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Breastfeeding On‑Demand Can Actually Make Life Easier

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Aug 1, 2016

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The first six months of a baby’s life are challenging for parents, as they get to know their new baby, juggle her needs and adjust their household and lives to include her. And so, in an attempt to piece together a routine, many breastfeeding mothers follow a breastfeeding schedule, often at the guidance of their hospital. On the surface, it seems to make sense. But the truth is, breastfeeding on demand is actually better for babies and moms. It’s recommended by both the World Health Organization and by the American Academy of Pediatrics.

The benefits of breastfeeding on demand

Breastfeeding on demand makes a mom’s life easier.

Breastfeeding on demand allows you to empty your breasts fully according to you and your baby’s natural cycle. Not only does this help you to avoid discomfort (many moms who follow a schedule find themselves with uncomfortably full breasts long before the baby is ‘due’ to feed), it also allows your breasts to fill with even more milk to adjust to your baby’s needs, making breastfeeding easier.

At the same time, you’ll be caring for an infant who is always satiated, which means your baby will be happier and calmer. (More on this below.)

You’ll also be getting better sleep. Breastfeeding on-demand actually helps mothers feel more well rested, particularly when babies co-sleep, which allows the mother’s and baby’s sleep cycles to coincide around feeding; as the baby goes into light sleep, starts stirring, so does the mother. And prolactin, a hormone released as a result of these night feedings, calms the mother and helps her fall back asleep more easily.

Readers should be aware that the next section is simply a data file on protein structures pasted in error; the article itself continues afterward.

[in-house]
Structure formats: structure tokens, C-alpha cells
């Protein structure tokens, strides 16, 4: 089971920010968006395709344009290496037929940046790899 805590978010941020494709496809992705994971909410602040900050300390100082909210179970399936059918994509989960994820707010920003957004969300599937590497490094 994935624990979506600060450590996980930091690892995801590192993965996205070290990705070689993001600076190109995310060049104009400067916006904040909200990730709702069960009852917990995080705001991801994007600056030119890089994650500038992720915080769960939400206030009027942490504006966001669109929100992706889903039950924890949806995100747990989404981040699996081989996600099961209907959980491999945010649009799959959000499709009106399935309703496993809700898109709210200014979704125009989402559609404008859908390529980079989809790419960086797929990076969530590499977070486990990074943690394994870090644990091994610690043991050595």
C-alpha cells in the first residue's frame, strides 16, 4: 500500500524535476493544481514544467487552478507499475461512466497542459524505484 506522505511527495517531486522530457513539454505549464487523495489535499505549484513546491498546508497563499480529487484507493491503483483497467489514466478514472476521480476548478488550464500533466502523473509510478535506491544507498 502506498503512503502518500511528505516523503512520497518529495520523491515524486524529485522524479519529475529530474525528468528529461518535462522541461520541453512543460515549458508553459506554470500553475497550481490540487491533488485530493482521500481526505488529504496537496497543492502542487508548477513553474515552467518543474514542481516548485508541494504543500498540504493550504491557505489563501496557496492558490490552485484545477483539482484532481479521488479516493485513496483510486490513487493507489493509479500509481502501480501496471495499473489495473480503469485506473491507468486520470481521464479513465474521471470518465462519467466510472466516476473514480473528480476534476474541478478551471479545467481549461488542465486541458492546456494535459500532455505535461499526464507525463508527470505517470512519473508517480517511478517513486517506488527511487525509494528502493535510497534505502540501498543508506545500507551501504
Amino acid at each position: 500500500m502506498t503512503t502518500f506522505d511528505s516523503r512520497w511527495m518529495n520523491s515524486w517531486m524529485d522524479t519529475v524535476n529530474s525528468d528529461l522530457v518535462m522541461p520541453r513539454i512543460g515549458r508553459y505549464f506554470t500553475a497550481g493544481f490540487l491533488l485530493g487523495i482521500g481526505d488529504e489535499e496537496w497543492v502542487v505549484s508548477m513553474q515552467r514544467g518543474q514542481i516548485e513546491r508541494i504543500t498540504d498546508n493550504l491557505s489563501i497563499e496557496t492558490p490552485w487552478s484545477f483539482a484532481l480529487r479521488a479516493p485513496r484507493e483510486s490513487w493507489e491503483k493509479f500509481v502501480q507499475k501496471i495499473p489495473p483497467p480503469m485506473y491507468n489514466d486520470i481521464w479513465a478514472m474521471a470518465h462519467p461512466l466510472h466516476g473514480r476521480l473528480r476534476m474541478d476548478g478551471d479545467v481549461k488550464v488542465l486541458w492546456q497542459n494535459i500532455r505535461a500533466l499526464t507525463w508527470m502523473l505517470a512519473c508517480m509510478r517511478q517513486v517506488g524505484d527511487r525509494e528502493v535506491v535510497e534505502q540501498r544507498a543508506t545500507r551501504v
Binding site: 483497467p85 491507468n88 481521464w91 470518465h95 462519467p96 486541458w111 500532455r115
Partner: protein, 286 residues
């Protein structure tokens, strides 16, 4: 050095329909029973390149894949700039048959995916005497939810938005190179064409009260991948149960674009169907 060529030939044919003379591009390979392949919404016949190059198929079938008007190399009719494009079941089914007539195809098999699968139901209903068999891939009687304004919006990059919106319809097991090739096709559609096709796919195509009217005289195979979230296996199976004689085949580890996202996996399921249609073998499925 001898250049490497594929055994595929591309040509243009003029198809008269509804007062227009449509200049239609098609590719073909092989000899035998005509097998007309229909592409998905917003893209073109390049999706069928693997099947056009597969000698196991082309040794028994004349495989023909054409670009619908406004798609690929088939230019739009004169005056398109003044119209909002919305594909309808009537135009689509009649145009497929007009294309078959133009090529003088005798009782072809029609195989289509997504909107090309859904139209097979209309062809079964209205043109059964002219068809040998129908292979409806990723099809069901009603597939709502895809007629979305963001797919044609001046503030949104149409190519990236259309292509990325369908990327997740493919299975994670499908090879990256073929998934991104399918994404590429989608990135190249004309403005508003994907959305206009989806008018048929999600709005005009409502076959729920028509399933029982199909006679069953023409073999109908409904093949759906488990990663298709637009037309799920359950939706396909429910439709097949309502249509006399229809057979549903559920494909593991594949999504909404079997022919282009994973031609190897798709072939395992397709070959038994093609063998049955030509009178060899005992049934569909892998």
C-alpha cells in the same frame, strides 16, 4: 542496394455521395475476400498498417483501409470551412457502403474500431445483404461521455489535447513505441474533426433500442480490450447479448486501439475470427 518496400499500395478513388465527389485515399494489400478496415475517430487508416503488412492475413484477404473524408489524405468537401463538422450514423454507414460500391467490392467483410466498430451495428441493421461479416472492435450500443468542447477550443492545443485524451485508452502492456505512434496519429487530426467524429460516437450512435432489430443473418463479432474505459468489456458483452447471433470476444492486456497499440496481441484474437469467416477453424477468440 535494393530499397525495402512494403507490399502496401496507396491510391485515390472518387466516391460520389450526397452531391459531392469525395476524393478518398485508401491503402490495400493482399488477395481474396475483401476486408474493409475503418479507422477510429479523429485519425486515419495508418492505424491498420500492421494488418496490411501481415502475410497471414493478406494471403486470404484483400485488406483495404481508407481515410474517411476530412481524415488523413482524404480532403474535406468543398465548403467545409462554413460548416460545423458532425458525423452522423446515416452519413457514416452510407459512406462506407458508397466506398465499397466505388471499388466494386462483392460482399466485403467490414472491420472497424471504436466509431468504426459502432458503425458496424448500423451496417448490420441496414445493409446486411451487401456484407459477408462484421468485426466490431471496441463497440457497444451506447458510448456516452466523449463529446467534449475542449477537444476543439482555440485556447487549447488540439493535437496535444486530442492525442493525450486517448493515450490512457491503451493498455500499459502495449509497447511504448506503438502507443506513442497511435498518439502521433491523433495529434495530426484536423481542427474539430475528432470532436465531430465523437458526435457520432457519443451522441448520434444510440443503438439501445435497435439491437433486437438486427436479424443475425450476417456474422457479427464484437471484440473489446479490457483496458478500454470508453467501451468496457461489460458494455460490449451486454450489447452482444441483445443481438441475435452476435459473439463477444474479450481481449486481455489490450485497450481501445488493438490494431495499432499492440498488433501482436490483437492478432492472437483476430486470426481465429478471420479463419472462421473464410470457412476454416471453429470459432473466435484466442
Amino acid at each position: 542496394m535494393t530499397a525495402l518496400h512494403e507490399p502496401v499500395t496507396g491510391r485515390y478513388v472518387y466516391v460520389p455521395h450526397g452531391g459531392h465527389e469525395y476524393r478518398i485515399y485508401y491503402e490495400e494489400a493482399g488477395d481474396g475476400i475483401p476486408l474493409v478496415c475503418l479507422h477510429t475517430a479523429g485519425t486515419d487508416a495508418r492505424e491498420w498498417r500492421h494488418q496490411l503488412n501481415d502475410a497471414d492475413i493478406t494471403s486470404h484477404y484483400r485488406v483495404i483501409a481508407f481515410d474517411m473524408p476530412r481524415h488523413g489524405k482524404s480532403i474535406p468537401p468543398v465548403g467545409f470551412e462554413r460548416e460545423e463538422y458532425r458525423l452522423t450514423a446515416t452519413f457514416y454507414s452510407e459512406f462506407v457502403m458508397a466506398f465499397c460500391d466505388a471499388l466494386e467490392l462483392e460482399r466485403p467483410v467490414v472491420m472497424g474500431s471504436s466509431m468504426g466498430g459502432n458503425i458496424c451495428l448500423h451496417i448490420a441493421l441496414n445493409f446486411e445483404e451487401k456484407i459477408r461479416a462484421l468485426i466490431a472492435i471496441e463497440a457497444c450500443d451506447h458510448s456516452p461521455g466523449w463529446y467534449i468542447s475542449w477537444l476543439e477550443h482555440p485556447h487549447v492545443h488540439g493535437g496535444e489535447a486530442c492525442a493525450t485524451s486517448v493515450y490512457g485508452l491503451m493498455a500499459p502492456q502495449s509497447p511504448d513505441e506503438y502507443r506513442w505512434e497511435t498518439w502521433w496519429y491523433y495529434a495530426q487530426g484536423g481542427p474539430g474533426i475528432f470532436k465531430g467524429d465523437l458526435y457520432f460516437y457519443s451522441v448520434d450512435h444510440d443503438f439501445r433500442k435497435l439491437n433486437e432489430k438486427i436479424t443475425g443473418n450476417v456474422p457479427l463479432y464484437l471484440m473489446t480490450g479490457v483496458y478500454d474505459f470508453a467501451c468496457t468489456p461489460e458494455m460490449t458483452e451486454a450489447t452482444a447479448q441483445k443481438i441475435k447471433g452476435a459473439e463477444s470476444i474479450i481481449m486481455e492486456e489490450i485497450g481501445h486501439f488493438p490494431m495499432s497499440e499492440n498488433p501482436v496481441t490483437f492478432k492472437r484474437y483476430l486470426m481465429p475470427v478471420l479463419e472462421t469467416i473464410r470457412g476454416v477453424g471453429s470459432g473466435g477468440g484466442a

Finally, breastfeeding on demand doesn’t mean chaos. Generally, after about six weeks of responding to your infants feeding cues, you may find yourself on a schedule around which you can plan other activities. The big difference is, it’s a schedule set by your baby according to his needs.

Breastfeeding on demand lets your baby feed when she is actually hungry.

Babies know when they are hungry and can communicate their need very clearly. You might be surprised to learn crying is actually the last sign of hunger. Rooting, or searching for the breast; hand-sucking, or hand-to-mouth movements; and increased alertness or restlessness are all earlier signs. By breastfeeding in response to these signals, not only are you communicating your responsiveness to his needs but also heading off crying before it starts.

Most hospitals and feeding apps recommend feeding every two hours. And that advice may be based on some average — but in reality babies may show signs of hunger either after 1.5 hours (or less) or after 2.5 hours (or more). On demand breastfeeding ensures your baby is not being asked to eat too early, when she’s not hungry, or too late, when she’s hungry before the time scheduled by her parents.

This means your baby will begin to associate hunger with eating and satiation — rather than associate eating as something to be done regardless of whether she is hungry. (An important lesson amid today’s epidemic of childhood obesity; research has shown that early eating habits are critical in establishing a positive relationship to food throughout life.)

Breastfeeding on demand ensures your baby is getting the right amount of nourishment.